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Employability and international students: two sabbatical officers reflect

  • 18 October 2021
  • By Nana Fredua Agyeman and Kwame Asamoah Kwarteng

This blog was kindly contributed by Nana Fredua Agyeman and Kwame Asamoah Kwarteng, international students and former sabbatical officers at the University of Manchester Students’ Union. Follow them on Twitter @nanafreduaagyem, @asamoahpeters and @ManchesterSU.

The timing of the HEPI Report: ‘Paying more for less?’ could not be better considering how much the COVID-19 pandemic has impacted jobs across the world. One of the returns on a good education aggressively advertised on websites and other platforms by UK universities is the high probability of graduates being employed after graduation. However, considering that over 400,000 international students contribute on average £40 million to the UK economy per parliamentary constituency and £390 per member of the resident population, stakeholders including government agencies and universities have simply not done enough to ask how international students’ employability needs could be better met.

The HEPI report reveals quite strongly that international students know what they want but are not fully aware of what they are paying for or what to expect. When choosing a university in the UK,  82% of international students say career support was either ‘important’ or ‘very important’ while 92% say employability skills was an important part of their decision. However, when asked about their expectations on employability support, the report states that many focus group participants were unaware that they were entitled to such support. This is further backed by the evidence that only 45% of international students feel they were given sufficient information on the type of support they would receive in looking for employment before coming to the UK, while 26% say they were not and 21% were unsure.

If some UK universities are understating the careers and employability support for international students, how then can these students take advantage and more importantly, who is going to hold these universities accountable for not offering a service for which money has been paid?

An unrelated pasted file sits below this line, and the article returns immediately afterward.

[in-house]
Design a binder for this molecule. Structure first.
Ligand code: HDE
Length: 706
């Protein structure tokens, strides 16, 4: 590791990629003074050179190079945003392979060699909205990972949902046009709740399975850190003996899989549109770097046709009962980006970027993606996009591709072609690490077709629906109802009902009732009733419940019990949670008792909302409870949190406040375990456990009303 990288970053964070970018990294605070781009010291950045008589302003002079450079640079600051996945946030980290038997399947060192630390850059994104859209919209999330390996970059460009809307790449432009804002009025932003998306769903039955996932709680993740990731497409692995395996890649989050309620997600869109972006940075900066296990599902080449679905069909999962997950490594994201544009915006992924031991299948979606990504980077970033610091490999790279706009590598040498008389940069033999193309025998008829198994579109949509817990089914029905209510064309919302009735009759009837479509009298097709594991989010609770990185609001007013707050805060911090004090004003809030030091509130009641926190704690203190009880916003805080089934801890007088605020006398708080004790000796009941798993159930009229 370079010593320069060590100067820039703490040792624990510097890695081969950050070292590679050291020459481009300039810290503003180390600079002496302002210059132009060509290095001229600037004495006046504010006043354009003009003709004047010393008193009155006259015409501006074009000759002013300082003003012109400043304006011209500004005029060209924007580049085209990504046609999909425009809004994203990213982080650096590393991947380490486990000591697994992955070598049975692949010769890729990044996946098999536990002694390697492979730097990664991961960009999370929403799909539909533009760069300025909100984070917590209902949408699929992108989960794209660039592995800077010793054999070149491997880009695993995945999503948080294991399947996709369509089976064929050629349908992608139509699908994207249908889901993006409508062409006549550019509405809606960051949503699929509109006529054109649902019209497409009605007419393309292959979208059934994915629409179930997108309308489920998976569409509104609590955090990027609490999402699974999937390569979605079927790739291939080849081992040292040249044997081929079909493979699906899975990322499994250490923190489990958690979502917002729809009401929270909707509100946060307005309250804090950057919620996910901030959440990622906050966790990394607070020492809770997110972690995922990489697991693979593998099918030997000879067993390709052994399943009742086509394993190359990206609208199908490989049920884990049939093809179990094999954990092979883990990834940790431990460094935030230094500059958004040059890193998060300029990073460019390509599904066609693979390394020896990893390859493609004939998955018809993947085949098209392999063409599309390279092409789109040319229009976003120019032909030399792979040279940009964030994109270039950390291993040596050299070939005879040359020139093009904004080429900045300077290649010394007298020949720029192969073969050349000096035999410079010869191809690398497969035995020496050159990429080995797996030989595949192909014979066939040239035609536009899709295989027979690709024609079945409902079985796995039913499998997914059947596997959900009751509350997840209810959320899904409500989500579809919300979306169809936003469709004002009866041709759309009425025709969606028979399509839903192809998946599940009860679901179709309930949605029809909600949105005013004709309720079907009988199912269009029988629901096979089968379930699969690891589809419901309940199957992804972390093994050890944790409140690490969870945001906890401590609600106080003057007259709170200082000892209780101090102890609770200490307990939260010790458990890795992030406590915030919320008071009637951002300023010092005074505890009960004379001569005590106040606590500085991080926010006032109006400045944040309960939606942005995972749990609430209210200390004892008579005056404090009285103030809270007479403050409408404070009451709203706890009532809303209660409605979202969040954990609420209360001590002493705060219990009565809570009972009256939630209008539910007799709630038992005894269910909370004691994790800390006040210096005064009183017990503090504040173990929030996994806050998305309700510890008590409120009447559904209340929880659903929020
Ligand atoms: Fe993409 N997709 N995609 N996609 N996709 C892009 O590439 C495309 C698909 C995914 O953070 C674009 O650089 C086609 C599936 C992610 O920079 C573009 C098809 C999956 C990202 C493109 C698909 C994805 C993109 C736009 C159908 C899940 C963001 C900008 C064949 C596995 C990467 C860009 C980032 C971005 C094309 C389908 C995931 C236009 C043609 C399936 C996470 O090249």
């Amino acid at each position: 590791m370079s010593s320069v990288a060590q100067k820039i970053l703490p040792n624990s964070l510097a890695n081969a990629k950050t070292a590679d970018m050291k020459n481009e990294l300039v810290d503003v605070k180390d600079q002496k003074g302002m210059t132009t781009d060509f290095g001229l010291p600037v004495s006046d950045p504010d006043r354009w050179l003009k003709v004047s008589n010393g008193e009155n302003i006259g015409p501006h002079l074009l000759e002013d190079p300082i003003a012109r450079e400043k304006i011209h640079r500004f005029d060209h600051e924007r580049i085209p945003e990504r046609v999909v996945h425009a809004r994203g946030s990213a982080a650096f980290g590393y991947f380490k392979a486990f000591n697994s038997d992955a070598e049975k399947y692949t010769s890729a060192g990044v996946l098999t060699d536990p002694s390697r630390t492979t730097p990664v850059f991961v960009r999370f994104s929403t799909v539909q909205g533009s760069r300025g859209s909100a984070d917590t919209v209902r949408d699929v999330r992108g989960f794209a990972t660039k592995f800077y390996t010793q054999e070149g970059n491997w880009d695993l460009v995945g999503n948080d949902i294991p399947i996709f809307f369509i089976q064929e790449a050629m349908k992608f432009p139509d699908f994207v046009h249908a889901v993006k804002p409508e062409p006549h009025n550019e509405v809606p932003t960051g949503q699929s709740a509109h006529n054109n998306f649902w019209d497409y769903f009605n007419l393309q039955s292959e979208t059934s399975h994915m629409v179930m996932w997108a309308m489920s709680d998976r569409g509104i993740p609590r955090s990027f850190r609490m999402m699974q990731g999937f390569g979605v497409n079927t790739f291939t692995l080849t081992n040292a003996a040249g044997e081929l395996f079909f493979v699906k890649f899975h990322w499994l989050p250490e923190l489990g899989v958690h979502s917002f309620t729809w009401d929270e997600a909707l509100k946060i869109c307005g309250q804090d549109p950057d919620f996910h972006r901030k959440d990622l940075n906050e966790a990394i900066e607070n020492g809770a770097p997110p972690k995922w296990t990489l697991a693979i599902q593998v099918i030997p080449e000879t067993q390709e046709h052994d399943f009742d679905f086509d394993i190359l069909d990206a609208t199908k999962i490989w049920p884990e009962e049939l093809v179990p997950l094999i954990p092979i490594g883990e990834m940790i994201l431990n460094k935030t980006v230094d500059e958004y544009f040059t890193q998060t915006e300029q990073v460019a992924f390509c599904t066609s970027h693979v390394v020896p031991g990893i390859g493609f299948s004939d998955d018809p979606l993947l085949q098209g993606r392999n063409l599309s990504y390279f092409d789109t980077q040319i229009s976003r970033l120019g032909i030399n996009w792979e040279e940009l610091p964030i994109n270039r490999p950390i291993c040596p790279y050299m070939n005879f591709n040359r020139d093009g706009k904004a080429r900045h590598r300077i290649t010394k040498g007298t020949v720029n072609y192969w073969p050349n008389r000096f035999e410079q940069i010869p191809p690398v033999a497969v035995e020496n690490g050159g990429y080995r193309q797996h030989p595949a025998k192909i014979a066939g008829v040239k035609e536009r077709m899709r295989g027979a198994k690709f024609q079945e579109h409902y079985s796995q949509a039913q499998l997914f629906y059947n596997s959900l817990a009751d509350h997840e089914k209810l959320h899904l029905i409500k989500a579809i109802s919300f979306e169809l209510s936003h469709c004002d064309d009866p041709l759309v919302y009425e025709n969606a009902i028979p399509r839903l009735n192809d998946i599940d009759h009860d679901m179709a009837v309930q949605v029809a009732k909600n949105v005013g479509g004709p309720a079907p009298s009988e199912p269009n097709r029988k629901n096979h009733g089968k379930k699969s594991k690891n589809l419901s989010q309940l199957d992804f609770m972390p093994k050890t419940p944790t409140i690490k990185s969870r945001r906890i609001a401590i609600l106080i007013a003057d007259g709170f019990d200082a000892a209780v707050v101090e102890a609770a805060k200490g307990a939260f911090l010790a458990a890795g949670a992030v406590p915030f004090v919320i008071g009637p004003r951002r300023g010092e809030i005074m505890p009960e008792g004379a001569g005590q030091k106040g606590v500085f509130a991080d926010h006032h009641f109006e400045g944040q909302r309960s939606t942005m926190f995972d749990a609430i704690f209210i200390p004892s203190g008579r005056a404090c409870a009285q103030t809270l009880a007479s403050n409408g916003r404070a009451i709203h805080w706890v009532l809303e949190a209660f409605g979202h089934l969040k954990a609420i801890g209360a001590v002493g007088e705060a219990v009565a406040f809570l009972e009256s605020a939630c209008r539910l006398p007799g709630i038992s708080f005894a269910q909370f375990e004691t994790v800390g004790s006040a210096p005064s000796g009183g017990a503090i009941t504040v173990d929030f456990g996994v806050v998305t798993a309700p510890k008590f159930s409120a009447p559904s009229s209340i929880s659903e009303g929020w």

Another critical issue the report addresses is the barriers faced by international students when seeking work experience. International students, especially those who are from outside of Europe, face the deep-seated social problems of intentional and subtle discrimination. This may manifest as name and or country discrimination as employers sift through applications to choose suitable candidates. This behaviour may be motivated by prejudice, stereotypes or racism. This adds on to international students’ unsatisfactory employment experience in the UK. 

There was no surprise in noting that 47% of international students from beyond the EU felt more strongly that their careers service should be able to offer tailored support, compared to 25% of EU students. Despite the hurdles presented by Brexit, the business environment in the UK has more similarities with European countries than other regions such as Africa and Asia, so it is expected that EU students would be less likely to ask for tailored careers support. The more thought-provoking results were the differences of opinion between undergraduate and postgraduate students, where 32% of undergraduate students expected such tailored advice from their careers service compared to 48% of postgraduate students. The reason for this could be associated with the duration of study for both groups of students.